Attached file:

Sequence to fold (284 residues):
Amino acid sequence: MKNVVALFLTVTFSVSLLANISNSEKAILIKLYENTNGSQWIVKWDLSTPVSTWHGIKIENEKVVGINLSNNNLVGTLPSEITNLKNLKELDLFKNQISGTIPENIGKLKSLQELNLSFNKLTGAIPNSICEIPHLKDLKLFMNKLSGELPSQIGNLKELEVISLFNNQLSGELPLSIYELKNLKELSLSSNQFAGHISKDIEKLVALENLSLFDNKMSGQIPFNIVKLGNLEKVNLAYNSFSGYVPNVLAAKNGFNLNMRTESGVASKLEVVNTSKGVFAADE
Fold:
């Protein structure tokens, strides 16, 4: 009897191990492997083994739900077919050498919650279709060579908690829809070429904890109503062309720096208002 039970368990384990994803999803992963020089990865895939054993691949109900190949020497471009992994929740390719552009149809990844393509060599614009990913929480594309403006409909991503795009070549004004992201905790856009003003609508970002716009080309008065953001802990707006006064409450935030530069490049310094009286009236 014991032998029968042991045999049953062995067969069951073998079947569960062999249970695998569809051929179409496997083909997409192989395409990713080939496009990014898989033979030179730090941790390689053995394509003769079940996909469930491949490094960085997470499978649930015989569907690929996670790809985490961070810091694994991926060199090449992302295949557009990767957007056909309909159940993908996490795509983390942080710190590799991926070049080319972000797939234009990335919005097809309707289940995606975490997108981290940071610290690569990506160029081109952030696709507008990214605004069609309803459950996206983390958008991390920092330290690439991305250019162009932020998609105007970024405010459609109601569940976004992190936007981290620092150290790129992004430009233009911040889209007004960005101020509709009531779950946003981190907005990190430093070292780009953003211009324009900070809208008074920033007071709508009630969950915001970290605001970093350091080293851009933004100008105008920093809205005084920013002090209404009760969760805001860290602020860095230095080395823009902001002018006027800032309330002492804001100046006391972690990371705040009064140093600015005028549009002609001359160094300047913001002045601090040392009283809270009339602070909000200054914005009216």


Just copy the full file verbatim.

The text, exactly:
Sequence to fold (284 residues):
Amino acid sequence: MKNVVALFLTVTFSVSLLANISNSEKAILIKLYENTNGSQWIVKWDLSTPVSTWHGIKIENEKVVGINLSNNNLVGTLPSEITNLKNLKELDLFKNQISGTIPENIGKLKSLQELNLSFNKLTGAIPNSICEIPHLKDLKLFMNKLSGELPSQIGNLKELEVISLFNNQLSGELPLSIYELKNLKELSLSSNQFAGHISKDIEKLVALENLSLFDNKMSGQIPFNIVKLGNLEKVNLAYNSFSGYVPNVLAAKNGFNLNMRTESGVASKLEVVNTSKGVFAADE
Fold:
């Protein structure tokens, strides 16, 4: 009897191990492997083994739900077919050498919650279709060579908690829809070429904890109503062309720096208002 039970368990384990994803999803992963020089990865895939054993691949109900190949020497471009992994929740390719552009149809990844393509060599614009990913929480594309403006409909991503795009070549004004992201905790856009003003609508970002716009080309008065953001802990707006006064409450935030530069490049310094009286009236 014991032998029968042991045999049953062995067969069951073998079947569960062999249970695998569809051929179409496997083909997409192989395409990713080939496009990014898989033979030179730090941790390689053995394509003769079940996909469930491949490094960085997470499978649930015989569907690929996670790809985490961070810091694994991926060199090449992302295949557009990767957007056909309909159940993908996490795509983390942080710190590799991926070049080319972000797939234009990335919005097809309707289940995606975490997108981290940071610290690569990506160029081109952030696709507008990214605004069609309803459950996206983390958008991390920092330290690439991305250019162009932020998609105007970024405010459609109601569940976004992190936007981290620092150290790129992004430009233009911040889209007004960005101020509709009531779950946003981190907005990190430093070292780009953003211009324009900070809208008074920033007071709508009630969950915001970290605001970093350091080293851009933004100008105008920093809205005084920013002090209404009760969760805001860290602020860095230095080395823009902001002018006027800032309330002492804001100046006391972690990371705040009064140093600015005028549009002609001359160094300047913001002045601090040392009283809270009339602070909000200054914005009216």